Post-nuptial agreements have only recently been recognised by the UK courts and should only be considered after taking thorough legal advice. In one case, a woman had her £2 million claim against her ex-husband dismissed after a judge ruled that she would have to live with a ‘post-nup’ which she had signed of her own free will.
The woman had accused her ex-husband of bullying her into signing the post-nup, which granted her sole ownership of the marital home and an investment property, as well as a 50 per cent share of his pension. In asking the family judge to award her an additional £2 million, she estimated her ex-husband’s worth at over £50 million. He had, however, offered to settle her claim for £200,000.
Ruling in the ex-husband’s favour, the judge rejected claims that he had exerted duress or undue ...
It may seem obvious that, when signing your will, you should carefully read it through to ensure that it accurately reflects your wishes. However, one man’s failure to do just that triggered a High Court dispute between his children and step-children.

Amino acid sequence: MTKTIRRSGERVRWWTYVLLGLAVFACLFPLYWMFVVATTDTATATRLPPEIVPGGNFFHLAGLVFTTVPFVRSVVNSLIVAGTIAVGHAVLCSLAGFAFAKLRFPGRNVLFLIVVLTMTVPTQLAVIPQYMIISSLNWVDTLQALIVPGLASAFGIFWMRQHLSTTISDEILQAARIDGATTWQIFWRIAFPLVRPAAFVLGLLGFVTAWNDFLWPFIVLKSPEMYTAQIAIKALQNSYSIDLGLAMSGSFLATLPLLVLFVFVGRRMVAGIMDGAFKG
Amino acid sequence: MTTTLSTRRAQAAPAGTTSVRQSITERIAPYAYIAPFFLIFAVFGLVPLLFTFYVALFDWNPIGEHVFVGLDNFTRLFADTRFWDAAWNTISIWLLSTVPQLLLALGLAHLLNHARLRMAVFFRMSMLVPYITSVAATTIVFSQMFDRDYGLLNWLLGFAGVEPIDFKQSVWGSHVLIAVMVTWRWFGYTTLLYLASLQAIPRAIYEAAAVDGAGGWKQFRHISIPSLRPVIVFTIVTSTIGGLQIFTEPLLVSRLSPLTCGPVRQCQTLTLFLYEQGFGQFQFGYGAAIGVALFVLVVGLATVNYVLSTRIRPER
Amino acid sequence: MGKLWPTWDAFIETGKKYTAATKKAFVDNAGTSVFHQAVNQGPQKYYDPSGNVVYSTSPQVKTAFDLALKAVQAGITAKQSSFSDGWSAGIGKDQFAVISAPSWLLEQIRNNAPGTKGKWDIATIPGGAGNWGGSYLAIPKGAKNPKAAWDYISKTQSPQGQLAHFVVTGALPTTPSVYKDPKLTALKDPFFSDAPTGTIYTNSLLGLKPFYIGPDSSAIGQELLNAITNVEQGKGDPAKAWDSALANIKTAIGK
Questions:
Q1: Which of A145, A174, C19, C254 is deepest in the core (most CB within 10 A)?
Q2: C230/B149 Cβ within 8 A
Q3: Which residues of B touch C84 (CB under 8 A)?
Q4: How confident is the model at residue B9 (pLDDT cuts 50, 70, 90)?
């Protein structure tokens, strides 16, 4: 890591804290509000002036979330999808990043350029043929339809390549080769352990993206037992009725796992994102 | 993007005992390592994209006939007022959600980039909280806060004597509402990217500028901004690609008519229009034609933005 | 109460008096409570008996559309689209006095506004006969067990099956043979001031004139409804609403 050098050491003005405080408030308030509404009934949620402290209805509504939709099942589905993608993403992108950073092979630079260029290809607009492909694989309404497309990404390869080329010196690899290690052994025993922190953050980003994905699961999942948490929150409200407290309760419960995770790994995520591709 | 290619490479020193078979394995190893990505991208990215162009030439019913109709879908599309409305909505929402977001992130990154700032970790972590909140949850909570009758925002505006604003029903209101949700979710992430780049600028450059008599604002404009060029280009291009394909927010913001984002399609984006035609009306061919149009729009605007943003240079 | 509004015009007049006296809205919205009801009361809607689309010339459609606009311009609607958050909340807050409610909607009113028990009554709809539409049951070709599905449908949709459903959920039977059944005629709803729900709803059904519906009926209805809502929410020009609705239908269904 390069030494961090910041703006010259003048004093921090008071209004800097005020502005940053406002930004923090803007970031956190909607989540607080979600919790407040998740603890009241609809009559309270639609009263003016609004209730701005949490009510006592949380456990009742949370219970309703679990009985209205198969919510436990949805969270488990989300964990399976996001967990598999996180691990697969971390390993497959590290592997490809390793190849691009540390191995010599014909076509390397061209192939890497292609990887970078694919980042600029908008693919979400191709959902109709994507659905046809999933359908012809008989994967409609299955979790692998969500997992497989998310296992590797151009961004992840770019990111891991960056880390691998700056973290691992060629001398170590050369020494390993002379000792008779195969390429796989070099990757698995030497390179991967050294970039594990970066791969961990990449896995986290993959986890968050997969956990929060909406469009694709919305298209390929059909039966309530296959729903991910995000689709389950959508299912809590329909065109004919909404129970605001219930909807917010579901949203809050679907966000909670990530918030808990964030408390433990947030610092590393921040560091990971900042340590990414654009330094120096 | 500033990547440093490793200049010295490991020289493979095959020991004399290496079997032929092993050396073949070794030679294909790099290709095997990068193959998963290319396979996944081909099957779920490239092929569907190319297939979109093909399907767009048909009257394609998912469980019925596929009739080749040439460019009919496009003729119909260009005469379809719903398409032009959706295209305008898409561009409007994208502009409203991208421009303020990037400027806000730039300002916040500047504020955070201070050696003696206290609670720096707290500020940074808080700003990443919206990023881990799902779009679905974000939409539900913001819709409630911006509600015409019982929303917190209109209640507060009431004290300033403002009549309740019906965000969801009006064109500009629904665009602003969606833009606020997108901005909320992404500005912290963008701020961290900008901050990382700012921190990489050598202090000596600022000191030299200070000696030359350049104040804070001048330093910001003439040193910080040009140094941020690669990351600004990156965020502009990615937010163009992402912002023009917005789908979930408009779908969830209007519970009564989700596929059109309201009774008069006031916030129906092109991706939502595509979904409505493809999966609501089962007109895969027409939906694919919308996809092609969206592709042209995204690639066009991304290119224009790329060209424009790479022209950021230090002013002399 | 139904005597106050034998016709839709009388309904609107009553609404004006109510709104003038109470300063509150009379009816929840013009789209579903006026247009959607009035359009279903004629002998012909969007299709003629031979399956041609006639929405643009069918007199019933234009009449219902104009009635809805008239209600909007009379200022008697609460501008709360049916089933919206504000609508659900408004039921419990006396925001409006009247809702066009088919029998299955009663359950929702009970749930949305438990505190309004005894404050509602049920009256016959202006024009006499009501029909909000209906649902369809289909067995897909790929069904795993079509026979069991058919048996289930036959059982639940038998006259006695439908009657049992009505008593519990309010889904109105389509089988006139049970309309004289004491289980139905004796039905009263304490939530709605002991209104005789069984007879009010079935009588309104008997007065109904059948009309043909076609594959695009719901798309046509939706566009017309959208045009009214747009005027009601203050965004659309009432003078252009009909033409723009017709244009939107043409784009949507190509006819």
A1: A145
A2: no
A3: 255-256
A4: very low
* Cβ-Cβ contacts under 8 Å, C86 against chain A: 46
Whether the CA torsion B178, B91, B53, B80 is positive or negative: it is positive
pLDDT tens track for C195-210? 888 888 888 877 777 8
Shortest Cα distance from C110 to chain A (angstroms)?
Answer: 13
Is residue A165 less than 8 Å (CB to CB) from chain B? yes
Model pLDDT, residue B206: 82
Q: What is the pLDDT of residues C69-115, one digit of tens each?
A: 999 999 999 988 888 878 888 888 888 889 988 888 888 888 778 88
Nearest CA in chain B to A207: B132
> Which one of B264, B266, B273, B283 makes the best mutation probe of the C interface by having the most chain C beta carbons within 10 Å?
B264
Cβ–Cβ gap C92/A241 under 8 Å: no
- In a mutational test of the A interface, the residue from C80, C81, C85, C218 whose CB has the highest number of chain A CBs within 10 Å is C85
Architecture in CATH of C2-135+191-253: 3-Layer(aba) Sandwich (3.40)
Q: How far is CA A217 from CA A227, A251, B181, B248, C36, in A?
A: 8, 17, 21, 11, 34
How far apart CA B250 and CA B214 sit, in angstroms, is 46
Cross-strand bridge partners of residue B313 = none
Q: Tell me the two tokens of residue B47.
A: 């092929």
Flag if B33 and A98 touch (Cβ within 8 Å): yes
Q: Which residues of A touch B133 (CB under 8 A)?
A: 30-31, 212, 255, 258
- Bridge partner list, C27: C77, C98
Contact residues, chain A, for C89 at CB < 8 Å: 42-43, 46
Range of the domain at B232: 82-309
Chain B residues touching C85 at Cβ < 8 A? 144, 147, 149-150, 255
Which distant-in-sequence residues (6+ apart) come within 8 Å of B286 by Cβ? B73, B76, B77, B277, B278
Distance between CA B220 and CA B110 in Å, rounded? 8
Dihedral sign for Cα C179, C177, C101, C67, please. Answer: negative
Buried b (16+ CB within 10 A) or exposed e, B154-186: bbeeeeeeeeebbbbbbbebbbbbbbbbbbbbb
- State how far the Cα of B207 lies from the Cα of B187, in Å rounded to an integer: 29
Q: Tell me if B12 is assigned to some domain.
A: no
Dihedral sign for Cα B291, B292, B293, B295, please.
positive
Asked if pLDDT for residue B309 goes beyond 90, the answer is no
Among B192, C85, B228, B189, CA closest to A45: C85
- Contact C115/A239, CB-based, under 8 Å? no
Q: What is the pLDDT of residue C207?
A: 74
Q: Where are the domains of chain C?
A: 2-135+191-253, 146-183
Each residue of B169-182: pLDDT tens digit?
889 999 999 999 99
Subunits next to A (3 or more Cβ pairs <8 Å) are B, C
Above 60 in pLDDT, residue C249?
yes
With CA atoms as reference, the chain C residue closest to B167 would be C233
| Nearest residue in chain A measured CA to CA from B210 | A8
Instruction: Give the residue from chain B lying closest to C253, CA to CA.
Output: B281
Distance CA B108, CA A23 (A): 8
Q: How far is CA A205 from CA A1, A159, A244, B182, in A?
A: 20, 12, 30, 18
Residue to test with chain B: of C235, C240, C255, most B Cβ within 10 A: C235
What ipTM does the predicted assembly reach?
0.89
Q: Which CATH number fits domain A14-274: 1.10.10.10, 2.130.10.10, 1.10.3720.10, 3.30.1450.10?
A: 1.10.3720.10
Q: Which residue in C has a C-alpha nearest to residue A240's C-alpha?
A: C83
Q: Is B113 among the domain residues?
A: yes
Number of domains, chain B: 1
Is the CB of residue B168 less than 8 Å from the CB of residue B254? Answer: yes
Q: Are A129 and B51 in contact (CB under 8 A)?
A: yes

The twice-married widower and RAF veteran owned a house valued at £145,000 and residual assets worth about £80,000. He executed a will more than 25 years before his death at the age of 88. On the face of it, the documents left his entire estate to his two step-children and disinherited his own two offspring.
His natural children launched proceedings, seeking rectification of his will. The step-children accepted that the will did not reflect his true wishes in respect of the house and that it should be inherited by his children. However, they argued that he had intended to leave ...